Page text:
Ogata swipes at his split lip, spilling red onto the pure white snow crunching under his snowshoes. There are splotches of blood on his fur-lined overcoat and now his thumb has beads of blood dripping off the curve of his fingernail. Ogata looks up from his thumb.
Sugimoto’s eyes are livid, burning light. Daylight falls near perfectly across the snarl splitting his face.
Ogata tongues at his teeth and huffs a laugh. So easy. Still so easy.
He wants to kiss the snarl off Sugimoto’s mouth. He wants to crack his head open on ice floes.
Sugimoto says something but Ogata isn’t listening already – the last thing he remembers is the bizarre yank of gravity and a sudden dusting of snowfall.
There must be blood on his sheets, because Ogata has only seen red for every morning his eyes open. There is no explanation otherwise. His tongue is already accent fried, adopting a new one every other week until he can mask the Ibaraki-ben that his ears always pick up, even when he speaks English. Something to wash off, rinse thoroughly and scrub pink and hang out to dry.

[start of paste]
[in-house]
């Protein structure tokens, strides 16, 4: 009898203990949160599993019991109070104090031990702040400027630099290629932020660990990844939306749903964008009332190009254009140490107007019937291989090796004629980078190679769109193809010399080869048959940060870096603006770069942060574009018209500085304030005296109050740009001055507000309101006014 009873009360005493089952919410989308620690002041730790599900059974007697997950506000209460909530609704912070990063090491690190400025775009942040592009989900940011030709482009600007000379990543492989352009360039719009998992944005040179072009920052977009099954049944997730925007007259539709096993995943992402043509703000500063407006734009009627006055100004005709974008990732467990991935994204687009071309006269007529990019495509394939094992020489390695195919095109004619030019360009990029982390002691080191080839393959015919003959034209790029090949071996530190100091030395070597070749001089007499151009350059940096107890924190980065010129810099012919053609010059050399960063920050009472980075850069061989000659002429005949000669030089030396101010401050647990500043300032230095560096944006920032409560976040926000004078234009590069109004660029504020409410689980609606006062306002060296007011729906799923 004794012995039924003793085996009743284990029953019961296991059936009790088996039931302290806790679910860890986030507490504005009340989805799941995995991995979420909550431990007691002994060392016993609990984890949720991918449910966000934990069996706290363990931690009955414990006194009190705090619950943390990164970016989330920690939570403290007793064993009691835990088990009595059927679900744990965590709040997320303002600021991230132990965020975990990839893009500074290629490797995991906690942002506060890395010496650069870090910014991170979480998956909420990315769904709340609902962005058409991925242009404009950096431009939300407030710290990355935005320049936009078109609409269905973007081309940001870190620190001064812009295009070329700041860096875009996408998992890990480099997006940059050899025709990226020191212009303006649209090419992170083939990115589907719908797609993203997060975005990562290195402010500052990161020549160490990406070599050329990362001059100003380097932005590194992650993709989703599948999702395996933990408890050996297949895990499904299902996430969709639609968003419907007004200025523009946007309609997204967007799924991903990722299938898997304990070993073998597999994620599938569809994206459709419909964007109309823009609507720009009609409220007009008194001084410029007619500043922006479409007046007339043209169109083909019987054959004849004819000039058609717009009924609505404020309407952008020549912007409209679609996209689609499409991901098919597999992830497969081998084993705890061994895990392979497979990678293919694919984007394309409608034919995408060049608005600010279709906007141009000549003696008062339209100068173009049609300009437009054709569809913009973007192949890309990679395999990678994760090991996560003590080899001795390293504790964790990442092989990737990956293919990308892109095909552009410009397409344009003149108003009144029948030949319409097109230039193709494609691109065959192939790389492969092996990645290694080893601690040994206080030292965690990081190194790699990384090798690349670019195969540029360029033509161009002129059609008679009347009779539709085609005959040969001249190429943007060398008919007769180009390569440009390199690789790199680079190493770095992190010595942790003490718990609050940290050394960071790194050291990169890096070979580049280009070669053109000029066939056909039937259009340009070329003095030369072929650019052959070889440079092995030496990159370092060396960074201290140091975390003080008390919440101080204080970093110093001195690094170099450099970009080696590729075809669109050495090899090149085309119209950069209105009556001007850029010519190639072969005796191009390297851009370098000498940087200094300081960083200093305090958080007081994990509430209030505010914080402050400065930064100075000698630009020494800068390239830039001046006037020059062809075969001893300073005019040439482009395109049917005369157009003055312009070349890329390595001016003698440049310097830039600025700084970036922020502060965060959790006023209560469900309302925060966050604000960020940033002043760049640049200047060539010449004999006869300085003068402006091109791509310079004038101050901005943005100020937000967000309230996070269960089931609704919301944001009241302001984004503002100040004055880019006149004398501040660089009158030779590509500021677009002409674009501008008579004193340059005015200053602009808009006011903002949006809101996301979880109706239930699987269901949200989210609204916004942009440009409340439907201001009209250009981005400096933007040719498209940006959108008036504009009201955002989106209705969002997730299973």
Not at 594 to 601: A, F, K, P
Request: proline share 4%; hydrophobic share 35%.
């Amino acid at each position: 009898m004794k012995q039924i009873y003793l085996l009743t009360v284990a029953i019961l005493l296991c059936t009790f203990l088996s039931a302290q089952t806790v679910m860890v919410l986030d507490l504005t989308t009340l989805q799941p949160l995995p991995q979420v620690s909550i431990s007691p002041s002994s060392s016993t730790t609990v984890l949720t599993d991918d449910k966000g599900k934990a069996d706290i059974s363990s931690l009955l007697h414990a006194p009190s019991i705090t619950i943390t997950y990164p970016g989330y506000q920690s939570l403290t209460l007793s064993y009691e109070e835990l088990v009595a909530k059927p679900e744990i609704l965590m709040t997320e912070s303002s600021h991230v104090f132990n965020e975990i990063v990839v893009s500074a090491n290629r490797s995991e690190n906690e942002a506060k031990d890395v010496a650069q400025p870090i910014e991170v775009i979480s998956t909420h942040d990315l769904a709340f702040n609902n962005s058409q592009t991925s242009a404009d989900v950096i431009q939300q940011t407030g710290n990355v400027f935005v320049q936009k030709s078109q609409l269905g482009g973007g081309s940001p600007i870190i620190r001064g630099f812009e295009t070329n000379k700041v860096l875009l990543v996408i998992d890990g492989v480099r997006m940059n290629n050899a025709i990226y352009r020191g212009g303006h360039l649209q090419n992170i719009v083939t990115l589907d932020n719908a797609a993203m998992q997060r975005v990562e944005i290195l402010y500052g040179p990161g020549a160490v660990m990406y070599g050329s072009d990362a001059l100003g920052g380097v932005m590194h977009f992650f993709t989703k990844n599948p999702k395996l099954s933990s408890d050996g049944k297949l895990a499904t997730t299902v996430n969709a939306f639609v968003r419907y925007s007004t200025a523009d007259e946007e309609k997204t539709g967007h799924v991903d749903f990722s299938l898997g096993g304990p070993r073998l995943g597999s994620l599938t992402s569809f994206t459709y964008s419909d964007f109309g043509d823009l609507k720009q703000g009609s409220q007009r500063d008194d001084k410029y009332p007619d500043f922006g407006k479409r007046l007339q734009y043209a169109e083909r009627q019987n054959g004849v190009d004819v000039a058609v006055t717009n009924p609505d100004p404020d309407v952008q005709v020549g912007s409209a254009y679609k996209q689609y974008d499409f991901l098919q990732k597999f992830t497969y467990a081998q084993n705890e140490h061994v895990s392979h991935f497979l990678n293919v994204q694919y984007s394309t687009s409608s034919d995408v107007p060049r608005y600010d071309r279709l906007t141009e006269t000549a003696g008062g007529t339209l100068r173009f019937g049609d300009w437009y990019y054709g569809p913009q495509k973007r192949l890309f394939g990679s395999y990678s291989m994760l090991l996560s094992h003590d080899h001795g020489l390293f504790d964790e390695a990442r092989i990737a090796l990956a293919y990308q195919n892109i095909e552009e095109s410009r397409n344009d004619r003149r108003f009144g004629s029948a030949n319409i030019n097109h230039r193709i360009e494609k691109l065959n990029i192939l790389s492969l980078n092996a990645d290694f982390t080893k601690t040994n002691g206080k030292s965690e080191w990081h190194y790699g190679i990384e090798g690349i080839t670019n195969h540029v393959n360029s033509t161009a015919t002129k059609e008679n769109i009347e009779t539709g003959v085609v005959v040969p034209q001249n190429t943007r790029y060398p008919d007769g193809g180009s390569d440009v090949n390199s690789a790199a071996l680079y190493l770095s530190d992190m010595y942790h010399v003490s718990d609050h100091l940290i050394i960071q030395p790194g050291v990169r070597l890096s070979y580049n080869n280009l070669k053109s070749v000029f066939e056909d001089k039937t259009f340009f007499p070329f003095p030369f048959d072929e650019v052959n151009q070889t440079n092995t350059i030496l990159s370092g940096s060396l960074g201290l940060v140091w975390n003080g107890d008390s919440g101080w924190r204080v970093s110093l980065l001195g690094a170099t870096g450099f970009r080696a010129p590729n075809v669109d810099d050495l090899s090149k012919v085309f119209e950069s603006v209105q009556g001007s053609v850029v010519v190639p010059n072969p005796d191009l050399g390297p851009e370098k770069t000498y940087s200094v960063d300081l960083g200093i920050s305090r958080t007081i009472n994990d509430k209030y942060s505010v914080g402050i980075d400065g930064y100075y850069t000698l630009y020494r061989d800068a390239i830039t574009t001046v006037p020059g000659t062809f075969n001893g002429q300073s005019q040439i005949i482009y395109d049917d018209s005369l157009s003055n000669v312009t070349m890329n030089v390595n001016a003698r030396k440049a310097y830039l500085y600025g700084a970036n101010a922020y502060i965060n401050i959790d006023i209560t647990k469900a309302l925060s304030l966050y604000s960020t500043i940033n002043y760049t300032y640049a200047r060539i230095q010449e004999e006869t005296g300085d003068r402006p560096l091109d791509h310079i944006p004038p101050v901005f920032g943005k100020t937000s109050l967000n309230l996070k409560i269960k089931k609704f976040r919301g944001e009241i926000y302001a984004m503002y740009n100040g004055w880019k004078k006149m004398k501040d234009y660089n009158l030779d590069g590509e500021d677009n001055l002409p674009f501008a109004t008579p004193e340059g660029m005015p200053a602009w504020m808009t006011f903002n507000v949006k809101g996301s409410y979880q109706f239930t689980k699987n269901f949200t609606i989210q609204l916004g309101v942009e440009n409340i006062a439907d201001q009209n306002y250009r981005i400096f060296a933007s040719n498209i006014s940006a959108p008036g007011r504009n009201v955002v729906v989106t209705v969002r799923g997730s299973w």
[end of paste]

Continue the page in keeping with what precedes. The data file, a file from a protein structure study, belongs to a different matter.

His throat itches. His phone rings.
Things keep happening, his fingernails keep growing longer, his blood still thrums through his veins. Things keep happening without prior notice, without prelude.
Memory forces its brute way to the forefront of his dreams. Ogata wakes up again with the faint memory of hair in his mouth, the scent of English Roses brusquely rubbed under the jaw, buried deep in his nose and his arm bent over the phantom shape of another body pressed into his.
Something stings in his eyes. Ogata has long since forgotten the names of things and people, same way he has gotten used to seeing red or perhaps blood seep into the whites of his eyes.
He rolls over, rubbing his face into the sleep-creased pillow and lucid dreams the sound of a singular bullet piercing through hair and bone.
The drive to work is cold. Ogata adjusts his tie and watch in the comfort of his car, flicking up the air-conditioning. He checks his rear before neatly pulling out of his parking spot.
There’s a spot of blood on his white shirtsleeve. Perfectly circular, until closer inspection, revealing the
It’s been raining for the past few weeks, leaving a musty smell to permeate in Ogata’s apartment, with its windows drawn close to shut out the prying rain.
Someone keeps knocking on Ogata’s front door.
—Sometimes love is watching eyes water.
That’s what Ogata learns the first month he spends alone.
There are other things to learn too; the sun only lasts well for good 4 hours to dry his clothes, his corner store doesn’t carry his brand of cigarettes and he yearns the body of another to keep warm.